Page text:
What is 'liturgy'?

What is "liturgy"?

In the usual way the word 'liturgy' is used it just means an order of worship. There is a place for singing hymns and for the sermon, etc. The Anglican church tends to have a quite developed liturgy.    

The first thing many people will notice when they attend an Anglican church is that there is a service booket or a prayerbook that guides them through the service. "Liturgy" means the "work of the people", so liturgical worship is one that attempts to involve the congregation, rather than the priest saying everything and performing all the actions. The congregation isn't just to sit back and and watch the worship. No, they are to get involved.

In liturgical worship the congregation is invited to speak prayers, to stand, to sit, and to kneel. They are invited to walk forward as an act of faith to receive the bread and wine, and by doing so we believe we are encountering Jesus Christ in an intimate way. There are numerous symbols to engage the senses and call us into a deep reflection.

Our worship service uses ancient words. Many are found in the Bible, some are prayers of saints. This reminds us that we participate in something much bigger and older than us. Mysteriously we are participating and being drawn into worship that started long before we were born and which will continue long after we have died.  

The form of our service has very ancient roots that reach back to synagogue worship in the first century and even back to worship in the Temple in Jerusalem. We use these ancient forms because they help us to remember that we are a part of a bigger group of people that stretches back thousands of years. The liturgical form we use is also used all over the world in a number of denominations. This gives us a sense of solidarity with those who are worshipping in different languages.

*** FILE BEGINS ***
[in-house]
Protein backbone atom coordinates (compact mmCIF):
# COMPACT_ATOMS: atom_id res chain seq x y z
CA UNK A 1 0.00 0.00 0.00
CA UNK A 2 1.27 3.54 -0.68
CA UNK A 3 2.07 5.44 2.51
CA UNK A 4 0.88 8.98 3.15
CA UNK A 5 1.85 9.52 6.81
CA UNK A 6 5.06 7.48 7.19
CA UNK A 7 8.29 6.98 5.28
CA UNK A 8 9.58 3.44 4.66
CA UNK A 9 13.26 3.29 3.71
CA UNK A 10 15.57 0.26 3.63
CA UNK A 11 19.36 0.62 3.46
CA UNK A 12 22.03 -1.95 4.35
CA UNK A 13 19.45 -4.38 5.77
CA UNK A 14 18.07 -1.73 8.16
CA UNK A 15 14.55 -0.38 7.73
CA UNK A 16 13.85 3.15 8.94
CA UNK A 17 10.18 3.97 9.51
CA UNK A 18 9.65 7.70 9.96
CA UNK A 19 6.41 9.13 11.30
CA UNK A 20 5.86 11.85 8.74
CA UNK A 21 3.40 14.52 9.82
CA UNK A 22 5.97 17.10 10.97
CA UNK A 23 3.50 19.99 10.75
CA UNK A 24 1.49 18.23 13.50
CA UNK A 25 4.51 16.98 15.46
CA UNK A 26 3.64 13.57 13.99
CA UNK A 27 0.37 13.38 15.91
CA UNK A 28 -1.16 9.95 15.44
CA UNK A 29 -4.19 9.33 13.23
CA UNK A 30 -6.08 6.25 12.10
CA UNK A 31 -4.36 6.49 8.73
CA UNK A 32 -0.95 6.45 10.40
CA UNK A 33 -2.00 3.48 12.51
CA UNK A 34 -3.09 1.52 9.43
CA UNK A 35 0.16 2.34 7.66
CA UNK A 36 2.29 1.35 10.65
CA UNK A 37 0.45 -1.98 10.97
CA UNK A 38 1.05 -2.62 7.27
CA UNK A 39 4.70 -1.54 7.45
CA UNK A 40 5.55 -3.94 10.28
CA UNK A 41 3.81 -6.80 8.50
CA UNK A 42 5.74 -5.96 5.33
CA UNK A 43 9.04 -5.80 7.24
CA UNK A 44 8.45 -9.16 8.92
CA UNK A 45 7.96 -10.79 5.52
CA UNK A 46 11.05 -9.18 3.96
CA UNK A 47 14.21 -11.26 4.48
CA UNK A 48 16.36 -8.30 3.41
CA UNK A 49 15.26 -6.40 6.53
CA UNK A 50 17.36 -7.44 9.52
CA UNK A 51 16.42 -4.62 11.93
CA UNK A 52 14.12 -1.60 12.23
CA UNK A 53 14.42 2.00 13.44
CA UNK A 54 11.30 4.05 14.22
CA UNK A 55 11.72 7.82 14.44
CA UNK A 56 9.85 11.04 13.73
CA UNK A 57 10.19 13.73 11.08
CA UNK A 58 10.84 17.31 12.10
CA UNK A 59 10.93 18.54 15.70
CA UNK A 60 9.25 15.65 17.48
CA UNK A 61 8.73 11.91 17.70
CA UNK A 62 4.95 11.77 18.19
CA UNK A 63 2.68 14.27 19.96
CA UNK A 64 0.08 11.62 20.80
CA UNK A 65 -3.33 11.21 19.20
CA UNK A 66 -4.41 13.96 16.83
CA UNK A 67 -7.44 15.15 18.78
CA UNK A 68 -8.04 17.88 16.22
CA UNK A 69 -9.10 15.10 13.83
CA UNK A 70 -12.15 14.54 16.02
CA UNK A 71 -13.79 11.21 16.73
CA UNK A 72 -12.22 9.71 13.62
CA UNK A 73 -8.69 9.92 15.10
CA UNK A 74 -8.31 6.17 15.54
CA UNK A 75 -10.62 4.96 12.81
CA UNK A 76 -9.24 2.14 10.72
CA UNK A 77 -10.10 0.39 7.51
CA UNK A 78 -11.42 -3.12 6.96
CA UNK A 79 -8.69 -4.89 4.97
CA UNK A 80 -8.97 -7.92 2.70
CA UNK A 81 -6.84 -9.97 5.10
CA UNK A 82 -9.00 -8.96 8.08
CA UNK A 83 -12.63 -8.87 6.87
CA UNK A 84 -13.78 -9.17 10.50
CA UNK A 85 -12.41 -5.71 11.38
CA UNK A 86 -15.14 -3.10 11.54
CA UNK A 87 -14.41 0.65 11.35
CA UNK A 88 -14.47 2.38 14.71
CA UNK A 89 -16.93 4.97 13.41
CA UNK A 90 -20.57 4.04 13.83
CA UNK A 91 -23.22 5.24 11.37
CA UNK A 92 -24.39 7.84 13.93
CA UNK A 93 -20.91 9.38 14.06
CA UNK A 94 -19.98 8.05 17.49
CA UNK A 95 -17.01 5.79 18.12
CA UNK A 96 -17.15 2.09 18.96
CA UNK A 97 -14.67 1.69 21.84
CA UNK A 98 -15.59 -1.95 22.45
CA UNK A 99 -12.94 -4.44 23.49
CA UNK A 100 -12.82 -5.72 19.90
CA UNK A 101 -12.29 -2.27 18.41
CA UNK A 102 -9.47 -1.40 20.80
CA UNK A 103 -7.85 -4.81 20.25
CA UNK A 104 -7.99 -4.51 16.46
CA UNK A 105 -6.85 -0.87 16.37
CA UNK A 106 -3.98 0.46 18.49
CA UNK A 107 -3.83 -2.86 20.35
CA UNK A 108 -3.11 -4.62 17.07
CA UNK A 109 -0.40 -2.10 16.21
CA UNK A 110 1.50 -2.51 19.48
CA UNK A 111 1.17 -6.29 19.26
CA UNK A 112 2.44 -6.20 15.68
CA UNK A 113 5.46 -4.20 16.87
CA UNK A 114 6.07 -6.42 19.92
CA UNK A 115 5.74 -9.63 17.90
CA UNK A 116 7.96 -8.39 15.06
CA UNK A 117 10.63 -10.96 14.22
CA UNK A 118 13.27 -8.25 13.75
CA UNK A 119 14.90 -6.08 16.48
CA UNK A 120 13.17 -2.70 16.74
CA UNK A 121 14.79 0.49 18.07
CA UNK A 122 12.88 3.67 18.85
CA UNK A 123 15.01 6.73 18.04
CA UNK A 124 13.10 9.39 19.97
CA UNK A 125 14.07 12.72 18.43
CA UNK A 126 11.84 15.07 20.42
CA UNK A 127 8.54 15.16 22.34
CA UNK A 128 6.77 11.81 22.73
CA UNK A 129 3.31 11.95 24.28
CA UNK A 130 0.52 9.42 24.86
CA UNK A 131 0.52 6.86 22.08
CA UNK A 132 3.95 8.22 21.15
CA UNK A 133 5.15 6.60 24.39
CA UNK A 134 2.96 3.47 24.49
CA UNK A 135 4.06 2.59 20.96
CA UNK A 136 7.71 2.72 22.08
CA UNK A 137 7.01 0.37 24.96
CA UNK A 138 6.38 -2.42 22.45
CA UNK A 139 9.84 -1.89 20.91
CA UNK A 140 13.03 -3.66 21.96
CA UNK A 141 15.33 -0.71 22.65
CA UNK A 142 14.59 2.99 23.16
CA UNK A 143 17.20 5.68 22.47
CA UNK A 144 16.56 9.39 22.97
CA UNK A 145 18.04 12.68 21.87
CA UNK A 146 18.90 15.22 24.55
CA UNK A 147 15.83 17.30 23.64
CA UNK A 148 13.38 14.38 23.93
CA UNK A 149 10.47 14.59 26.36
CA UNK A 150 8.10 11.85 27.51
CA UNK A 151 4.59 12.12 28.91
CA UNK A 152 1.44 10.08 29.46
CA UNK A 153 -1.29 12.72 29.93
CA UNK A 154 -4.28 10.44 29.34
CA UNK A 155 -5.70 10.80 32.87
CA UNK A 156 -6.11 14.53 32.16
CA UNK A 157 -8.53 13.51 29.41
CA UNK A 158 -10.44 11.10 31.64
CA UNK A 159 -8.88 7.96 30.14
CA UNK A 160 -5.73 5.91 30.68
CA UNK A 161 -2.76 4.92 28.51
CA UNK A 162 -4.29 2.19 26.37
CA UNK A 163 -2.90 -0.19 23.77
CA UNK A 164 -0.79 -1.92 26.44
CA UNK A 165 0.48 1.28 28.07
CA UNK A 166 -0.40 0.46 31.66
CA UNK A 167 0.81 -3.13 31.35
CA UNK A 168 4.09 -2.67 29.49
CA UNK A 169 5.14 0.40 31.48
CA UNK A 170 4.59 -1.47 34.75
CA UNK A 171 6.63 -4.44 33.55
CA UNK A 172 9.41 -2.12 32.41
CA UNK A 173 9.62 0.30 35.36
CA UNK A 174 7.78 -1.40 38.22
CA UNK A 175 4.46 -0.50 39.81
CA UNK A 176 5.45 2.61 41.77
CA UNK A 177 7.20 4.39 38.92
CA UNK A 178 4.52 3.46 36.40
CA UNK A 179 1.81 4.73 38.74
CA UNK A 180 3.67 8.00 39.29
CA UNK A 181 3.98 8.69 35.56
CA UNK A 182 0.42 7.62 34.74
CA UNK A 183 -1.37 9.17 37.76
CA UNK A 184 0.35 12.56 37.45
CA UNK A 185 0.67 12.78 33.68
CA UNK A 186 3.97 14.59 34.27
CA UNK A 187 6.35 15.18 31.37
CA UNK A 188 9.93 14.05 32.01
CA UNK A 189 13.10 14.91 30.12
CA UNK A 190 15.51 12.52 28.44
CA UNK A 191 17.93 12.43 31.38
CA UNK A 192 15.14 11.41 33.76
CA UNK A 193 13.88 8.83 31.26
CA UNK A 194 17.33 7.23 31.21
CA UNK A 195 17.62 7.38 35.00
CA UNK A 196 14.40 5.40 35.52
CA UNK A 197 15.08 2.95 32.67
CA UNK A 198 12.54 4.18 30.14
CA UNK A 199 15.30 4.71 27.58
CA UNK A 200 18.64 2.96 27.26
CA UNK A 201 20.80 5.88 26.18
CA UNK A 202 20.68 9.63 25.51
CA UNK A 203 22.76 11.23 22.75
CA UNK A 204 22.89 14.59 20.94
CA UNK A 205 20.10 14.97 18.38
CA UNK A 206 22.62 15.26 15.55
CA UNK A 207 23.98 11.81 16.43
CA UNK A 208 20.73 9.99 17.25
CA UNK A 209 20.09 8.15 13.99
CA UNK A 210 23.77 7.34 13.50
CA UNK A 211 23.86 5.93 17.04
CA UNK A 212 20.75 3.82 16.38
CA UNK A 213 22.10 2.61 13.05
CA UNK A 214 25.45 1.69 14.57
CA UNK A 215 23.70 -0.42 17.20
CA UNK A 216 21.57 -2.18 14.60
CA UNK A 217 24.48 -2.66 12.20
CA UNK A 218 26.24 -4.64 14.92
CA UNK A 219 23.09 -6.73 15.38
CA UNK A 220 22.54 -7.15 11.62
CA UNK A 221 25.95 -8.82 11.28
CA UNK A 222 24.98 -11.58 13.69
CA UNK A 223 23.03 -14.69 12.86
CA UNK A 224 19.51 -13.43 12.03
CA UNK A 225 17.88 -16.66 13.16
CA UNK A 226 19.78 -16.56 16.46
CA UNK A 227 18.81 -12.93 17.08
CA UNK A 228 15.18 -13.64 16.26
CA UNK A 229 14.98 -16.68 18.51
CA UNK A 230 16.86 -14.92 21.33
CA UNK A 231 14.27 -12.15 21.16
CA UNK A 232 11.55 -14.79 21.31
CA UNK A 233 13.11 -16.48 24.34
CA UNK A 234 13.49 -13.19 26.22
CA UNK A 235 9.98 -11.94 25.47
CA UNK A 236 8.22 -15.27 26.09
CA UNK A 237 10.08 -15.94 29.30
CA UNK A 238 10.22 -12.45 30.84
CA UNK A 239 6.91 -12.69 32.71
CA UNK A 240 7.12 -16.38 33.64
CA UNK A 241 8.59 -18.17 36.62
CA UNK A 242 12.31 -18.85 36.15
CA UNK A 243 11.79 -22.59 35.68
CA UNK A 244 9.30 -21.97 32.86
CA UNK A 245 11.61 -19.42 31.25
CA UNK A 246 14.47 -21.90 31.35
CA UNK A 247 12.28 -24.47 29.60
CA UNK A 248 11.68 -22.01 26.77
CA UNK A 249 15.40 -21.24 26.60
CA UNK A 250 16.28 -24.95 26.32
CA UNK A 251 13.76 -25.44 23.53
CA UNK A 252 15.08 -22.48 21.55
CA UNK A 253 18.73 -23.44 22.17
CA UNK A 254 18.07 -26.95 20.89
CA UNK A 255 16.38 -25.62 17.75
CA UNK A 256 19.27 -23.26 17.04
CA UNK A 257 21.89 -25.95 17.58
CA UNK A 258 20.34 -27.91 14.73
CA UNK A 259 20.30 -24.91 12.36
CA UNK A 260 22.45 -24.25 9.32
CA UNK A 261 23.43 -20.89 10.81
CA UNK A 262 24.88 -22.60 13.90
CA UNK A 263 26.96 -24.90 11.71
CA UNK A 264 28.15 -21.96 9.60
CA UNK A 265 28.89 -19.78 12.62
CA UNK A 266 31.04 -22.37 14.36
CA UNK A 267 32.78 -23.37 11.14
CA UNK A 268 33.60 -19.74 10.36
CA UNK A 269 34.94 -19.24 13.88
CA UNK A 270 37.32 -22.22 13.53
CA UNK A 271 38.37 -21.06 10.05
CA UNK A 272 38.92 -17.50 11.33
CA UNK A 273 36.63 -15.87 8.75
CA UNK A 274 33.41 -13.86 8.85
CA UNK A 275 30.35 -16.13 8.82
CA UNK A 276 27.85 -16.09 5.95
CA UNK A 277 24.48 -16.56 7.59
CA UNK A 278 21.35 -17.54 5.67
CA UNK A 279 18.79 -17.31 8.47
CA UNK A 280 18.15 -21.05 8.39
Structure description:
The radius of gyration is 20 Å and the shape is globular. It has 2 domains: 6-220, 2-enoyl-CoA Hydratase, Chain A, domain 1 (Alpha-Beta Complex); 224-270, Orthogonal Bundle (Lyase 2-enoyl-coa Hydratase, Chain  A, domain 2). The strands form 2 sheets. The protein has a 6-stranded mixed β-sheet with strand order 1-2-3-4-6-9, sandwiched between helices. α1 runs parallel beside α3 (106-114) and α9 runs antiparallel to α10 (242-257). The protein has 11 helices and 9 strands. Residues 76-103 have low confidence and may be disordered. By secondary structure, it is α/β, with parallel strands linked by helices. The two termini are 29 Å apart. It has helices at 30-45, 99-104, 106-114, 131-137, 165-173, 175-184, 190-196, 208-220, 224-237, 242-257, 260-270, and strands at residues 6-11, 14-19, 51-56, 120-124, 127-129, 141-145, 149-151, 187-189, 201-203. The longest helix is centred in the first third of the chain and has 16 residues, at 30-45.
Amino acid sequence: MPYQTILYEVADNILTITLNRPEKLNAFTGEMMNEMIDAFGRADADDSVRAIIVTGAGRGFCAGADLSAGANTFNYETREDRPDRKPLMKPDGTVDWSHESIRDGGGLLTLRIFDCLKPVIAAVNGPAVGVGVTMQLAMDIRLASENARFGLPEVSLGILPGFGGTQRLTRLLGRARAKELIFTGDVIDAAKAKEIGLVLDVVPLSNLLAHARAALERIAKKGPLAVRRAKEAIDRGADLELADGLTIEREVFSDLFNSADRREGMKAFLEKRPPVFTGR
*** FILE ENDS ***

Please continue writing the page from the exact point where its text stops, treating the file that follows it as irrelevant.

We do not, however, hold onto these forms in a legalistic way. As if doing each action and saying each word properly is some kind of guarantee of God accepting our worship. No, we may carry forms of the past so long as they help us to love God and our neighbor. We also are a people who belong to a modern culture in a particular place in the world and our worship should reflect that too. As Christians we are continuously building bridges between the ancient world and the modern world.

 Our liturgy can be viewed in two parts- The “Word”, and the “Eucharist”. During the “Word” we are nourished through hearing and meditating on the words of the Bible as they are read and explained. During the Eucharist we are nourished through the presence of Jesus in the sacrament (bread and wine). Both parts are important to each other and cant really be separated. Both are conduits of God’s presence and grace to us.